Nicola Sturgeon said she is looking forward to the challenges ahead as she was formally sworn in as Scotland’s First Minister.
The SNP leader secured her first personal mandate from the public to lead the Scottish Government at the Holyrood elections.
Ms Sturgeon was sworn in before 15 judges in courtroom one of the First Division of the Court of Session in Edinburgh with Lord Carloway, Scotland’s Lord President, in the chair.
Lord Carloway, whose recommendation to scrap corroboration in criminal trials was shelved by the Scottish Government last year, told Ms Sturgeon she has “some tough decisions ahead” and “there is no guarantee that you will get things always right”.
Ms Sturgeon took over from Alex Salmond, Scotland’s longest-serving first minister, following the SNP’s failed bid for independence in 2014.
The SNP won the largest share of seats in Holyrood on May 5 but failed to secure a majority, meaning ministers will now have to strike deals with other parties to get legislation through.
Despite her reduced numbers, Ms Sturgeon won the election convincingly with twice as many seats as the resurgent Scottish Conservatives, who replaced Labour as Holyrood’s second biggest party.
At the Court of Session, she vowed to “well and truly serve Her Majesty, Queen Elizabeth, in the office of First Minister of the Scottish Government”.
Following the vow, Lord Carloway said: “On behalf of the court, may I take the opportunity to congratulate you on your election as First Minister of the Scottish Government.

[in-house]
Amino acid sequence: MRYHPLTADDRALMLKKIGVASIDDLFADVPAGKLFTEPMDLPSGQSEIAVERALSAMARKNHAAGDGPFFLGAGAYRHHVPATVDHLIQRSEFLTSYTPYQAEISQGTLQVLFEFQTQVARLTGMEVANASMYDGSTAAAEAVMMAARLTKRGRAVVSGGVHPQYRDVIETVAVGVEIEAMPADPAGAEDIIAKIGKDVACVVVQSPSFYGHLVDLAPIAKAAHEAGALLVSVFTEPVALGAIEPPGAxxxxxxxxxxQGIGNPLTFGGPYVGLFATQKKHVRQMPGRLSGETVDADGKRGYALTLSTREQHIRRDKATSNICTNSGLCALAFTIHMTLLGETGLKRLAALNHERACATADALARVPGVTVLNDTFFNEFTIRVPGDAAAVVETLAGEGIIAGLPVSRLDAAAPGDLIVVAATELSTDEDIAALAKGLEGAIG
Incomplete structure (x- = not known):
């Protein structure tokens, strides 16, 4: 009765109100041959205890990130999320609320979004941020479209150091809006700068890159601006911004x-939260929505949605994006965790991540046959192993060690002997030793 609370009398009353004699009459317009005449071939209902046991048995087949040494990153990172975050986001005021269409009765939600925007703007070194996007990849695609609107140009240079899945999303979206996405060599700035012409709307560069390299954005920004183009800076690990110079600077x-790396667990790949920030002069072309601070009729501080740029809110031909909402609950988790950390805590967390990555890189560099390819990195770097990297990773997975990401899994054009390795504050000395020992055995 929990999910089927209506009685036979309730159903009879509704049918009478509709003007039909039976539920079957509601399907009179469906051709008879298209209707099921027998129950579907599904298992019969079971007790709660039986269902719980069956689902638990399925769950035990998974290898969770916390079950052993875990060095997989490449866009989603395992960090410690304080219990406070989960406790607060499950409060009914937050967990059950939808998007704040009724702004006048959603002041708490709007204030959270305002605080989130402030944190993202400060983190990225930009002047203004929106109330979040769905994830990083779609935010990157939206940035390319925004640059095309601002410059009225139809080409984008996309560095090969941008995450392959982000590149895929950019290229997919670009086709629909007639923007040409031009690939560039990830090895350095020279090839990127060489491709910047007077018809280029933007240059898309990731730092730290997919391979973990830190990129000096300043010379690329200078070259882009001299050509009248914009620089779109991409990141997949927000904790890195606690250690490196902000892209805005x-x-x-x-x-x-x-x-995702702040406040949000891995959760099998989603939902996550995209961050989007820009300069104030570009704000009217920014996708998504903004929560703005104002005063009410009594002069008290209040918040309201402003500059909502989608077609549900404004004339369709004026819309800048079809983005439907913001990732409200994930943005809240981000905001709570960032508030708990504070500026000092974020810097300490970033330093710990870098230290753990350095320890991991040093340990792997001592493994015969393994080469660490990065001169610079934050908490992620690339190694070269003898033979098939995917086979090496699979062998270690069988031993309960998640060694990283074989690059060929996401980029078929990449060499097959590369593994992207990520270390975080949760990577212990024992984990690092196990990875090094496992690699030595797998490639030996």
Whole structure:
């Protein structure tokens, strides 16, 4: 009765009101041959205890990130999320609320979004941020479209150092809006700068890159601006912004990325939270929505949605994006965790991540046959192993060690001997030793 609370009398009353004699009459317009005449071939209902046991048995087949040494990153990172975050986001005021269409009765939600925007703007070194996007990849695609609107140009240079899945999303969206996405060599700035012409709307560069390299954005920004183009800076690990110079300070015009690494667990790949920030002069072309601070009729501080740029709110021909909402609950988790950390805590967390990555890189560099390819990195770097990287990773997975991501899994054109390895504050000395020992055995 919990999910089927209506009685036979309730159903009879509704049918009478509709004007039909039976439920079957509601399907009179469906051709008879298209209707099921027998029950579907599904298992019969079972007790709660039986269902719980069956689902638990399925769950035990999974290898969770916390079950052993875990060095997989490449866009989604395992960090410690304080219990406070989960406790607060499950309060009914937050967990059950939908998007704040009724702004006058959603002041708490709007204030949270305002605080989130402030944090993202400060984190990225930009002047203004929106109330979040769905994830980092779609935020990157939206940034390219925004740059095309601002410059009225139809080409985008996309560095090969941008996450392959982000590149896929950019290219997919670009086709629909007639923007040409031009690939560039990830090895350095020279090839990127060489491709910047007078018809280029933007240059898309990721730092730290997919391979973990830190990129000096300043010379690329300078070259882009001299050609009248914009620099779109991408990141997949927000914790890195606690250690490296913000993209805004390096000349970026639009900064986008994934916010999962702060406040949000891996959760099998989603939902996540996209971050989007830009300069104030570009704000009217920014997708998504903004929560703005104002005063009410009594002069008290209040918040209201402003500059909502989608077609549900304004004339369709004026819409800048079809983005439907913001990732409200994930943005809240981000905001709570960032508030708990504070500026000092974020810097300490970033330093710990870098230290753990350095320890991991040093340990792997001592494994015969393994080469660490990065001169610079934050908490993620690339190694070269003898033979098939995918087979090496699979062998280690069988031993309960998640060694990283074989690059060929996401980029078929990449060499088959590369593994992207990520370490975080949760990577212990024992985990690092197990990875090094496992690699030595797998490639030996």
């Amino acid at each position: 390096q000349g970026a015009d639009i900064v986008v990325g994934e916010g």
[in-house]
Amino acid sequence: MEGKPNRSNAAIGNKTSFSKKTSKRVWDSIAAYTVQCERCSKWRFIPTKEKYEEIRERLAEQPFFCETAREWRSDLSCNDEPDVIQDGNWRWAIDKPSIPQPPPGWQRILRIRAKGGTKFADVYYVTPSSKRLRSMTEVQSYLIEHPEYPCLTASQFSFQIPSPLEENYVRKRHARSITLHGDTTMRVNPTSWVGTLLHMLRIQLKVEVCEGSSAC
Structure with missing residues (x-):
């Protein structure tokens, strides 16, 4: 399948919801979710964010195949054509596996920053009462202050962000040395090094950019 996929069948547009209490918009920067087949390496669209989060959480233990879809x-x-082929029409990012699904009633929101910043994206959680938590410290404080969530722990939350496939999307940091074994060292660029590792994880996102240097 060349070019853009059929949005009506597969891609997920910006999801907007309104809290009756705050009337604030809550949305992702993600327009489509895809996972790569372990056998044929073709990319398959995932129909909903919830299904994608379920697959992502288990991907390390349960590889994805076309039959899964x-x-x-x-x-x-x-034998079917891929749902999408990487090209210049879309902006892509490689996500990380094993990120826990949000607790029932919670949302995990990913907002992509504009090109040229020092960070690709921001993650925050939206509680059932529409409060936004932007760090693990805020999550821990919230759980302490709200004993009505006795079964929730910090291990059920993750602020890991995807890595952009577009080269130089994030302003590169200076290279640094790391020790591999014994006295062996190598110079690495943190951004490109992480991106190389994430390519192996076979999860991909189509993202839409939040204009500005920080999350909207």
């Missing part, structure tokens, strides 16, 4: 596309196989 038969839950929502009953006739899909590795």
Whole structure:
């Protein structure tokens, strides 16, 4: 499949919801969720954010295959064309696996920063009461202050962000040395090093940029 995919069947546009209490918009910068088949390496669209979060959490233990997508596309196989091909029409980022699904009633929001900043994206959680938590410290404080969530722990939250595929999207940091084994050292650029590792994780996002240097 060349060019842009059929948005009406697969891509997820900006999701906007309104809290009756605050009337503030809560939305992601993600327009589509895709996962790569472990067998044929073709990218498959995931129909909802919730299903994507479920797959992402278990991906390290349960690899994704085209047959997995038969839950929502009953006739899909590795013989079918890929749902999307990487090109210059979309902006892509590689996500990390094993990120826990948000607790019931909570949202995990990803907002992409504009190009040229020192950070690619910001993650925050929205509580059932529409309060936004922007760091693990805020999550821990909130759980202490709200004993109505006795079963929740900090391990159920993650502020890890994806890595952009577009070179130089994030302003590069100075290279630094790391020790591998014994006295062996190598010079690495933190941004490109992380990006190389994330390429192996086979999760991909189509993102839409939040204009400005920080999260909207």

“The position of First Minister is one of the great offices of state, and it is a greater honour to hold an office that carries with it many arduous responsibilities
“As I think you said yesterday, there are some tough decisions ahead and like all those sitting on this bench today there is no guarantee that you will get things always right.
“The court stands independent of government and parliament, and it must continue to do so, especially in its role as the reviewer of both ministerial action and parliamentary power.
“That does not mean that each institution should be isolated from each other.
“Continued communication is important to all and I look forward to continued interaction with the government and, of course, the parliamentary committees.
“From our own point of view on the bench, we await with interest the progress of many initiatives, particularly those concerning the courts themselves, the reserved tribunals, the legal profession and the changes proposed to the sentencing regimes.
“I hope that, not withstanding its burdens, the office of First Minister will continue to give you great pleasure and fulfilment in the new parliamentary term with all its new challenges.”
Speaking outside the court, Ms Sturgeon told the Press Association: “I am looking forward to the challenges ahead.”
Prior to his appointment as Lord President, Lord Carloway led reviews into criminal law and practice, which called for corroboration to be scrapped, and evidence and procedure, which called for reform of pre-trial witness statements and modernisation of the courts.
The Scottish Government withdrew plans to scrap corroboration from the Criminal Justice Bill last year following outcry from opposition parties and a subsequent report by Lord Bonomy recommending additional safeguards.
Justice secretary Michael Matheson said he would review Lord Bonomy’s recommendations but the SNP’s plans for corroboration were not subsequently outlined in the SNP manifesto.
The manifesto did contain a pledge to consider Lord Carloway’s evidence and procedure review, and “conduct jury research ahead of any further proposals to reform the criminal justice system”.